New to the Chamber, MICHauto will advocate for the entire automotive sector and its related value-chain in Michigan. By collaborating with economic development organizations, MICHauto will use the automotive industry as a platform to drive economic diversification and investment.

Look for the MICHauto booth at the North American International Auto Show starting next week.

For more information, contact Kathy Burgess at 313.596.0324.

Thursday, January 5, 2012
5:30 – 7:30 p.m.
Detroit Athletic Club

Presenting Sponsor:

Chamber forms group to sell state as right fit for auto-related business via:Crains

By Dustin Walsh originally for Crain’s Detroit Business

The U.S. auto sector is flocking south, lured away from the Motor City by enterprising industry groups in Alabama, Tennessee and South Carolina. But a new initiative by the Detroit Regional Chamber launching this week is set on rebuilding Michigan’s automotive future.

MichAuto will serve as a statewide association designed to establish an automotive-centric economic development and advocacy platform, said Sandy Baruah, the chamber’s president and CEO.

“There’s no question we’ve lost out to states like Tennessee and Alabama,” he said. “They have been out there proactively recruiting businesses to their state on the auto platform they’ve built over the past 25 years while we’ve ignored ours. We’ve been afraid to tout our industry in the international marketplace in fears of seeming too myopic, but that must change.”

Nearly every new auto plant built in the U.S. in the past 10 years has been built in the South, including a $1 billion Volkswagen plant in Chattanooga, Tenn., and a $1.1 billion Hyundai plant in Montgomery, Ala.

The lack of a cohesive organization caused Michigan to lose out on these opportunities, Baruah said.

“No one is out there knocking on doors saying, “Come to Michigan, the water’s fine,’ ” he said. “We’re the auto capital of the world, and we need to protect what is ours.”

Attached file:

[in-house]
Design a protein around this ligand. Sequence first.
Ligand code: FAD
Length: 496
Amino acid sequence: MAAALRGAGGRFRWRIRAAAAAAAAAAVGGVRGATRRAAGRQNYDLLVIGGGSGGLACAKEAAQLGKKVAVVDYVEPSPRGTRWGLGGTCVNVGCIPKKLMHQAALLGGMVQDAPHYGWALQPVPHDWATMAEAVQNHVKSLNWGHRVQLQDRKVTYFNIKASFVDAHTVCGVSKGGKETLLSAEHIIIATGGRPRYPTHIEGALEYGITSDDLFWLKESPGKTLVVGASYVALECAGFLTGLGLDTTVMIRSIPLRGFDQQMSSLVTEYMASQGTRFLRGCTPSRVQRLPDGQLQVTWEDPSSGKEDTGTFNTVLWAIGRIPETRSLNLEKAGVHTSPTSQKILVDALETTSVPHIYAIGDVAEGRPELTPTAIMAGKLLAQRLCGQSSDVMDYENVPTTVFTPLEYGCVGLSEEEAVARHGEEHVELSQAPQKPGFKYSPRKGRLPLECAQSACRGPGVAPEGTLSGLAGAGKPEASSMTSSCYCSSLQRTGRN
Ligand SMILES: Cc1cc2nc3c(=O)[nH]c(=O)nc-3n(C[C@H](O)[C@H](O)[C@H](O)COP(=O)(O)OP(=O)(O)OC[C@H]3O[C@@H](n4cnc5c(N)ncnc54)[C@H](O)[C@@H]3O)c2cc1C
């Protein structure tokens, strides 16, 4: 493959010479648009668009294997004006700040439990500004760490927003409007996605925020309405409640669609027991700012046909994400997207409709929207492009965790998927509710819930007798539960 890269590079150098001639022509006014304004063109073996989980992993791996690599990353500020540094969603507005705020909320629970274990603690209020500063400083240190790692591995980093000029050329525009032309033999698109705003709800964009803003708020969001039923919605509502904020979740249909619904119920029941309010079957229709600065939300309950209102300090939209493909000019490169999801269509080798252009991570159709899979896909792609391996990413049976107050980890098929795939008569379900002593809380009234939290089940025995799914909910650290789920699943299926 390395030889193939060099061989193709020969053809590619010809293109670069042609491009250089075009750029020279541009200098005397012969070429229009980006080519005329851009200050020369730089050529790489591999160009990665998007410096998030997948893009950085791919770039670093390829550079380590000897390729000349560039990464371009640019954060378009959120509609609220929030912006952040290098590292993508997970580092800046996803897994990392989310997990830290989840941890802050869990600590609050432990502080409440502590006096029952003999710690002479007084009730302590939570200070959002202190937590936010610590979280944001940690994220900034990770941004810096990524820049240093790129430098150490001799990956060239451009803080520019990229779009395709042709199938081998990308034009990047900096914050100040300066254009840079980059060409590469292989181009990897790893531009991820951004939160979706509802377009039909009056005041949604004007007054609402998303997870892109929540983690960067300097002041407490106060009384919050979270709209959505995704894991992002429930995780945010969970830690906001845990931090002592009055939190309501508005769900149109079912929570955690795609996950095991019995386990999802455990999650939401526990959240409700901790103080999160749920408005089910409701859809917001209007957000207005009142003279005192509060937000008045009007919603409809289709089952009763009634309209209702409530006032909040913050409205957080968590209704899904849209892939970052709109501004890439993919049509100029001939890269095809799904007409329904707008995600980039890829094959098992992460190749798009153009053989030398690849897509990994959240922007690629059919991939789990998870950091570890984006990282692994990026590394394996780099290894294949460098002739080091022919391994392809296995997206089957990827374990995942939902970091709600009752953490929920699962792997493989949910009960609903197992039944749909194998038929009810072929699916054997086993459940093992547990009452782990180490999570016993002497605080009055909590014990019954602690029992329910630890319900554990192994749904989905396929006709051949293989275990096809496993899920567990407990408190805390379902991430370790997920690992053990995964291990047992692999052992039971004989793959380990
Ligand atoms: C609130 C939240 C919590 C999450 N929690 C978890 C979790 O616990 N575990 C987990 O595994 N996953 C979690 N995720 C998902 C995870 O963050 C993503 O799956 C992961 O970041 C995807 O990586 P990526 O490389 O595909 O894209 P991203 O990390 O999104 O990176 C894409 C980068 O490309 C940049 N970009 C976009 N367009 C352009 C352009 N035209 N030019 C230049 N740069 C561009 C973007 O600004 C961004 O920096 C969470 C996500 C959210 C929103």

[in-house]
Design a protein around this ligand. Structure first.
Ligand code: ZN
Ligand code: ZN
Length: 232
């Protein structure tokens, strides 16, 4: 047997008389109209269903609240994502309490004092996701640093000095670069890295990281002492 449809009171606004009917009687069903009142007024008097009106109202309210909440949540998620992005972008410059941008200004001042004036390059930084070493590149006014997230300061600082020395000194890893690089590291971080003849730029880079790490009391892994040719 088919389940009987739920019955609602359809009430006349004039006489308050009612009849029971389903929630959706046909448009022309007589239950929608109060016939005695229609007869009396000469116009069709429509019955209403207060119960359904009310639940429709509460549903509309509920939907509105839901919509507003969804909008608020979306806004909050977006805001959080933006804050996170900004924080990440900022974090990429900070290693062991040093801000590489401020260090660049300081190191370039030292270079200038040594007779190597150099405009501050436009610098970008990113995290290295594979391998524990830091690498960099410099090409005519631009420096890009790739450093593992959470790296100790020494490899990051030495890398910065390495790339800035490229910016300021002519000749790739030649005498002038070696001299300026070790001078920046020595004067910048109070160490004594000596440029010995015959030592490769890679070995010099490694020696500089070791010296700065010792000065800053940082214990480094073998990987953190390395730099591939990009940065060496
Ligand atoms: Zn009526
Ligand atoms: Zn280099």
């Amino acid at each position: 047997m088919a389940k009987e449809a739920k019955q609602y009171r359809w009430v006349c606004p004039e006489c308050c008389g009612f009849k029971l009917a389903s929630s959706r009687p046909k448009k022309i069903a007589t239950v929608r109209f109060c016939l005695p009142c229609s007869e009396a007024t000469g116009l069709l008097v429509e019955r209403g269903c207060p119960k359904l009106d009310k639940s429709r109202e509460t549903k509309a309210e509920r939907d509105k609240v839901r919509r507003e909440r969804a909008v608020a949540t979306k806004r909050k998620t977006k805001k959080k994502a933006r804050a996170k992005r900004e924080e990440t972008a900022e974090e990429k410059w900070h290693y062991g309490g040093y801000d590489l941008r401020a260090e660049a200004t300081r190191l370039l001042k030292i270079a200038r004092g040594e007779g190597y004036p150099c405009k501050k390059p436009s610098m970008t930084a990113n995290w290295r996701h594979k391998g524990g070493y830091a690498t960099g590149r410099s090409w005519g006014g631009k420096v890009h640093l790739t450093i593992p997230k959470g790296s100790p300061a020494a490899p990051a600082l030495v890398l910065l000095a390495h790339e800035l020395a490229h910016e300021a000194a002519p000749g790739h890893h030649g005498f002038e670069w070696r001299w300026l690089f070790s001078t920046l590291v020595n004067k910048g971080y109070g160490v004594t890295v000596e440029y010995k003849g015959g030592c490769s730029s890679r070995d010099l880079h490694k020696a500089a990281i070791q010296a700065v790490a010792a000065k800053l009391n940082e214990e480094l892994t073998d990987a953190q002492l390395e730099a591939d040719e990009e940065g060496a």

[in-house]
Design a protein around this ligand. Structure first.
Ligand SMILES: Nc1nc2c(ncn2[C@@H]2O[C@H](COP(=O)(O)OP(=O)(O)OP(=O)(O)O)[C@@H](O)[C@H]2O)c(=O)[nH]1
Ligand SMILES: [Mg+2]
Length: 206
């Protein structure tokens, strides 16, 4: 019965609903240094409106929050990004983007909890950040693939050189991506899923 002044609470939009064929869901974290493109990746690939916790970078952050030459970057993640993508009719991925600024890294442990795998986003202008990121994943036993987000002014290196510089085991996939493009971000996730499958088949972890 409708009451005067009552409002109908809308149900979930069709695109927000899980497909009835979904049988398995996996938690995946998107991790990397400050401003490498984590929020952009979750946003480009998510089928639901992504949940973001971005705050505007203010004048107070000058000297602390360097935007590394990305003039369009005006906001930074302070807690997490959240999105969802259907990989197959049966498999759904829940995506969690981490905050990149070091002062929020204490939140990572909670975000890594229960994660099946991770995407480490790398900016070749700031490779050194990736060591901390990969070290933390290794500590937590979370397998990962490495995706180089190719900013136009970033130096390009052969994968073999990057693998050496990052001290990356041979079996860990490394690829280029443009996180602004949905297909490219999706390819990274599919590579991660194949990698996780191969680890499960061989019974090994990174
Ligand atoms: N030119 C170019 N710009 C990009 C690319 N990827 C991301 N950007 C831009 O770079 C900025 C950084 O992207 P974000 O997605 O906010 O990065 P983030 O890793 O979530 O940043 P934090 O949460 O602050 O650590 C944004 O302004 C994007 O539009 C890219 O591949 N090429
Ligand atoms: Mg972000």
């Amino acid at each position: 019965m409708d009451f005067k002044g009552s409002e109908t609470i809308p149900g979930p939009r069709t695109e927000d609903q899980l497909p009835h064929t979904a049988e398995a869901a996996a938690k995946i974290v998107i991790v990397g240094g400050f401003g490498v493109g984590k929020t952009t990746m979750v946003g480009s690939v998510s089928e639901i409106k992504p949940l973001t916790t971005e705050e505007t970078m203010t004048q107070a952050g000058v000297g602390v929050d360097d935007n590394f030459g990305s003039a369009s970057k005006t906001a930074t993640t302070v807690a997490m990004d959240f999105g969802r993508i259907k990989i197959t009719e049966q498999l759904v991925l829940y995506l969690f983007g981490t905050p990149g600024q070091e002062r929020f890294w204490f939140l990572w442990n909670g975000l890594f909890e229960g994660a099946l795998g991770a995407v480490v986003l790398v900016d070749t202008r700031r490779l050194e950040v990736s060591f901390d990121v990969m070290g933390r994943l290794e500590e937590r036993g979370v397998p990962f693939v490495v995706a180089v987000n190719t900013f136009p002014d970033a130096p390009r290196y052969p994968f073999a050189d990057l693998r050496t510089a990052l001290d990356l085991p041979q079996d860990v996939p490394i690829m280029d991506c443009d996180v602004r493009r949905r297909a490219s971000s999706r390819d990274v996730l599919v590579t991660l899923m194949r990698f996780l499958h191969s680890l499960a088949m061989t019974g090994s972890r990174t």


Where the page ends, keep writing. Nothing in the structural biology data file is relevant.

MichAuto is compiling a board of directors to oversee its operations, including Allan Gilmour, president of Wayne State University; Stephen Polk, chairman, president and CEO of R.L. Polk & Co.; Rodney O’Neal, CEO of Delphi Automotive plc; Chip McClure, CEO of Meritor Inc.; and Tom Manganello, partner at Warner Norcross & Judd LLP.

Baruah expects the addition of Detroit 3 executives to the board, as well.

Baruah said the Detroit Regional Chamber and its members will share assets to serve as a unified economic development voice to get prospective auto companies to locate in Michigan, and step aside and let individual counties offer abatements and tax incentives.

“We’re not here to supplant what counties are already doing,” he said. “Counties have an important role to play, but we can’t expect Wayne County or Oakland County to canvass the world for leads. We want that to be (MichAuto’s) job and become real advocates for the state as a whole.”

The group will also serve as a collective voice for smaller suppliers in Lansing that don’t have the resources to do so on their own, he said.

The chamber is currently seeking members and will formally unveil MichAuto on Thursday to media and industry executives at the Detroit Athletic Club. For more information, visit

Dustin Walsh: (313) 446-6042, Twitter: @dustinpwalsh